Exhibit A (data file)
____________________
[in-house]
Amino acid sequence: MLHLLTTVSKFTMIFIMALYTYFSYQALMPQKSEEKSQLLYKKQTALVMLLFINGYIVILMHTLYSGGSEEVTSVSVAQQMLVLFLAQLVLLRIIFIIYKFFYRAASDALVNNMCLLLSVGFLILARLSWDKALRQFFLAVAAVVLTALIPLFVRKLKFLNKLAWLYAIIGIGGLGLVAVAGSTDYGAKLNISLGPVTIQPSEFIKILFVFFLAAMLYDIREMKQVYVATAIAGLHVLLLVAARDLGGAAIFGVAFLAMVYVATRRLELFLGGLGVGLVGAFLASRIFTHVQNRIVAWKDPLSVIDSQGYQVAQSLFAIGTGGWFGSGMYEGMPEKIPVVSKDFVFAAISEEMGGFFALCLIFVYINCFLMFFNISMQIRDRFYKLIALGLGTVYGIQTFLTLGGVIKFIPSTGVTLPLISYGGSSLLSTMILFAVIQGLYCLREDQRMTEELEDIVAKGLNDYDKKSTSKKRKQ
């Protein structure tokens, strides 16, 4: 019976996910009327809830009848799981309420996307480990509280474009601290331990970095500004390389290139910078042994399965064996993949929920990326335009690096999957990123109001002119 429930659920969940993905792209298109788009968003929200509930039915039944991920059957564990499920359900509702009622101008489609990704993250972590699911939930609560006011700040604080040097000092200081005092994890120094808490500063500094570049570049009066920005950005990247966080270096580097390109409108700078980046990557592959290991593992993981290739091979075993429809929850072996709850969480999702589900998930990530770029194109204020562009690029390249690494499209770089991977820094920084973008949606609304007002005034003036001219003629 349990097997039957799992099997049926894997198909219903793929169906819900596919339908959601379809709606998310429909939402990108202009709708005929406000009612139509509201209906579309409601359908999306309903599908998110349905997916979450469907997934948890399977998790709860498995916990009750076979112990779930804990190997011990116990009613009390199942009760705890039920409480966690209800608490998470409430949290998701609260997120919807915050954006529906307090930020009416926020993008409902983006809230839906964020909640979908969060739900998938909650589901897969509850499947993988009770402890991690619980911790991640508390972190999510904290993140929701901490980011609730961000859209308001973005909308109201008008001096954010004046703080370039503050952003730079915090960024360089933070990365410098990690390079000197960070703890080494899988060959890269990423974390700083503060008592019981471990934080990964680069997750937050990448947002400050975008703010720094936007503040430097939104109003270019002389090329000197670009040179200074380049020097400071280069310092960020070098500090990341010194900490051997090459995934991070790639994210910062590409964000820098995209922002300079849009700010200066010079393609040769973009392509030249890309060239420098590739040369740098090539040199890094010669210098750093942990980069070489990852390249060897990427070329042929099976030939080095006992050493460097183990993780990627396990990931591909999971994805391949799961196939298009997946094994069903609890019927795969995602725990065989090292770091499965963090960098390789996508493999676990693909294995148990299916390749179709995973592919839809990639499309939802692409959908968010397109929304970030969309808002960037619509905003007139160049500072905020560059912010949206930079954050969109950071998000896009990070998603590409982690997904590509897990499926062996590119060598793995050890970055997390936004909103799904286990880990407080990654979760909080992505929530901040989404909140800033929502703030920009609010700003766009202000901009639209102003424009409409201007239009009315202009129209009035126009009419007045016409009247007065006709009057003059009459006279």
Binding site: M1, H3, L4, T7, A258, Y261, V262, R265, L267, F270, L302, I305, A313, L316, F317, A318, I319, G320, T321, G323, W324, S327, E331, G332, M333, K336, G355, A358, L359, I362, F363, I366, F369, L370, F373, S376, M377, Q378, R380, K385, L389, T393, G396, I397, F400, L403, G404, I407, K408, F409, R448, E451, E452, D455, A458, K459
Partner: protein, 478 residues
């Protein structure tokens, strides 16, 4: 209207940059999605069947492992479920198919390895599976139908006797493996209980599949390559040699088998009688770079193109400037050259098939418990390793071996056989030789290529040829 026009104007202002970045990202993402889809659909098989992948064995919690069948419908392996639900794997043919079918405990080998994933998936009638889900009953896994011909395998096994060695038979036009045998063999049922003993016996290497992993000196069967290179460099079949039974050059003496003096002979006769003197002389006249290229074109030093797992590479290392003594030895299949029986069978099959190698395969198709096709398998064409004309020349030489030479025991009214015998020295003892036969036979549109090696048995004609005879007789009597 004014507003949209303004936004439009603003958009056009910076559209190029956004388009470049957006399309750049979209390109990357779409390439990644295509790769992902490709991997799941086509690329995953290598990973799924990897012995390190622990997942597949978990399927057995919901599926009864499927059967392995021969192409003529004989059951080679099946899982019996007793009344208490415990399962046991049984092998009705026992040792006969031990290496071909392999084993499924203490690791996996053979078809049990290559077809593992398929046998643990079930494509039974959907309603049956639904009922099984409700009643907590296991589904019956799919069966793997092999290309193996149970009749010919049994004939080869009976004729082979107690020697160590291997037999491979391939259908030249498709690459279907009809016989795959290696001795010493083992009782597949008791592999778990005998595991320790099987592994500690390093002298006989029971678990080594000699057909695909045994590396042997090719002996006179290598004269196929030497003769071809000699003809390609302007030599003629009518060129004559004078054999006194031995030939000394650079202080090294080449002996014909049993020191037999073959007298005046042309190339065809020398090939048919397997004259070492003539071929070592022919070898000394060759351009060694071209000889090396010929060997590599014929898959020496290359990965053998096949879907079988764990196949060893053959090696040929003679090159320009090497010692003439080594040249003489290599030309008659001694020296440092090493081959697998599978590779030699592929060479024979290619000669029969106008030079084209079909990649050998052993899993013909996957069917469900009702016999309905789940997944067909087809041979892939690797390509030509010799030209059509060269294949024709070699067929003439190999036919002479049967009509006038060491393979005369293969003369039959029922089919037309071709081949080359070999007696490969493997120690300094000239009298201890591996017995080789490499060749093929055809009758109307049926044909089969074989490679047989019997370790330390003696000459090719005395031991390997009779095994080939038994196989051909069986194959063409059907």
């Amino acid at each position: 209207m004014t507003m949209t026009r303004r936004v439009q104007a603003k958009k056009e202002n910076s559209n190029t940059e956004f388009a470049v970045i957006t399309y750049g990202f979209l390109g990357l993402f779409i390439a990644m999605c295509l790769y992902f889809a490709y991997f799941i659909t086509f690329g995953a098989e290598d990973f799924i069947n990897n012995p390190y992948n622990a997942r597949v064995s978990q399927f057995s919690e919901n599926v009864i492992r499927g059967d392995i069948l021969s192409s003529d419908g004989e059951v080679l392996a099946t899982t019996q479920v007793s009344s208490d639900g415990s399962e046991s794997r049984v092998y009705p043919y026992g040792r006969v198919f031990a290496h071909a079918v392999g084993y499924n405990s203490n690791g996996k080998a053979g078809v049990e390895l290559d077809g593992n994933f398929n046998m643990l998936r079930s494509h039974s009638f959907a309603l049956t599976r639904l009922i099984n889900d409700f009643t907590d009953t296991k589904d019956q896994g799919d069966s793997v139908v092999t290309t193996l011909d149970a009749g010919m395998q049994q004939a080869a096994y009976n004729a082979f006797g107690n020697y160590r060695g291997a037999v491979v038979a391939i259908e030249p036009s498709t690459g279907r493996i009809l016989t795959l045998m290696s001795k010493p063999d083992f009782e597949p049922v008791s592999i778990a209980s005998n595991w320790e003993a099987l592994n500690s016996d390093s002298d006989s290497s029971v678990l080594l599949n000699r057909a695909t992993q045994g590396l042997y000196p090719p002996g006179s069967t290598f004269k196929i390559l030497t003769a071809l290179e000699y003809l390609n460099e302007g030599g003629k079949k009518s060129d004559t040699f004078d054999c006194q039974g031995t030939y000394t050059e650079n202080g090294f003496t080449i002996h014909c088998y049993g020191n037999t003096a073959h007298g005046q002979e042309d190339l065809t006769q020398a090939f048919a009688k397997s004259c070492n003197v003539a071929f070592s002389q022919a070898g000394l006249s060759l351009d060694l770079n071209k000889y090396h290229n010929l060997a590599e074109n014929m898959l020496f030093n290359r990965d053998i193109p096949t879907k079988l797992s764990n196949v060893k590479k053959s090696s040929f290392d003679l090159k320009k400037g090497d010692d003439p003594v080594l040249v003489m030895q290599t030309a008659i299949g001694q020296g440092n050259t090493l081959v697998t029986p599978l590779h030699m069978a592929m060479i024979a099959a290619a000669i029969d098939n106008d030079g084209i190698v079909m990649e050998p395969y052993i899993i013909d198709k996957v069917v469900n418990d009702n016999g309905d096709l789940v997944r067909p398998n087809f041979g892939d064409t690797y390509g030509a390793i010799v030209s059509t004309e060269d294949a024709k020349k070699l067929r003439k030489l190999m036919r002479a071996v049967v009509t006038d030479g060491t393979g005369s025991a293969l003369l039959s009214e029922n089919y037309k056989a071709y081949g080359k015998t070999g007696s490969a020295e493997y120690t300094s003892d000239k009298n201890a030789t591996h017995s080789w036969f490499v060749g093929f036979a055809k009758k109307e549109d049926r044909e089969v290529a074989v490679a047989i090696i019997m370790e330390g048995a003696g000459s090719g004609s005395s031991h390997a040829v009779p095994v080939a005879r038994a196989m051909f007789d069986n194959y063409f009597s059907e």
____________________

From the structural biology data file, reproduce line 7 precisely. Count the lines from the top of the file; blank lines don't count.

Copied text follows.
């Amino acid at each position: 209207m004014t507003m949209t026009r303004r936004v439009q104007a603003k958009k056009e202002n910076s559209n190029t940059e956004f388009a470049v970045i957006t399309y750049g990202f979209l390109g990357l993402f779409i390439a990644m999605c295509l790769y992902f889809a490709y991997f799941i659909t086509f690329g995953a098989e290598d990973f799924i069947n990897n012995p390190y992948n622990a997942r597949v064995s978990q399927f057995s919690e919901n599926v009864i492992r499927g059967d392995i069948l021969s192409s003529d419908g004989e059951v080679l392996a099946t899982t019996q479920v007793s009344s208490d639900g415990s399962e046991s794997r049984v092998y009705p043919y026992g040792r006969v198919f031990a290496h071909a079918v392999g084993y499924n405990s203490n690791g996996k080998a053979g078809v049990e390895l290559d077809g593992n994933f398929n046998m643990l998936r079930s494509h039974s009638f959907a309603l049956t599976r639904l009922i099984n889900d409700f009643t907590d009953t296991k589904d019956q896994g799919d069966s793997v139908v092999t290309t193996l011909d149970a009749g010919m395998q049994q004939a080869a096994y009976n004729a082979f006797g107690n020697y160590r060695g291997a037999v491979v038979a391939i259908e030249p036009s498709t690459g279907r493996i009809l016989t795959l045998m290696s001795k010493p063999d083992f009782e597949p049922v008791s592999i778990a209980s005998n595991w320790e003993a099987l592994n500690s016996d390093s002298d006989s290497s029971v678990l080594l599949n000699r057909a695909t992993q045994g590396l042997y000196p090719p002996g006179s069967t290598f004269k196929i390559l030497t003769a071809l290179e000699y003809l390609n460099e302007g030599g003629k079949k009518s060129d004559t040699f004078d054999c006194q039974g031995t030939y000394t050059e650079n202080g090294f003496t080449i002996h014909c088998y049993g020191n037999t003096a073959h007298g005046q002979e042309d190339l065809t006769q020398a090939f048919a009688k397997s004259c070492n003197v003539a071929f070592s002389q022919a070898g000394l006249s060759l351009d060694l770079n071209k000889y090396h290229n010929l060997a590599e074109n014929m898959l020496f030093n290359r990965d053998i193109p096949t879907k079988l797992s764990n196949v060893k590479k053959s090696s040929f290392d003679l090159k320009k400037g090497d010692d003439p003594v080594l040249v003489m030895q290599t030309a008659i299949g001694q020296g440092n050259t090493l081959v697998t029986p599978l590779h030699m069978a592929m060479i024979a099959a290619a000669i029969d098939n106008d030079g084209i190698v079909m990649e050998p395969y052993i899993i013909d198709k996957v069917v469900n418990d009702n016999g309905d096709l789940v997944r067909p398998n087809f041979g892939d064409t690797y390509g030509a390793i010799v030209s059509t004309e060269d294949a024709k020349k070699l067929r003439k030489l190999m036919r002479a071996v049967v009509t006038d030479g060491t393979g005369s025991a293969l003369l039959s009214e029922n089919y037309k056989a071709y081949g080359k015998t070999g007696s490969a020295e493997y120690t300094s003892d000239k009298n201890a030789t591996h017995s080789w036969f490499v060749g093929f036979a055809k009758k109307e549109d049926r044909e089969v290529a074989v490679a047989i090696i019997m370790e330390g048995a003696g000459s090719g004609s005395s031991h390997a040829v009779p095994v080939a005879r038994a196989m051909f007789d069986n194959y063409f009597s059907e």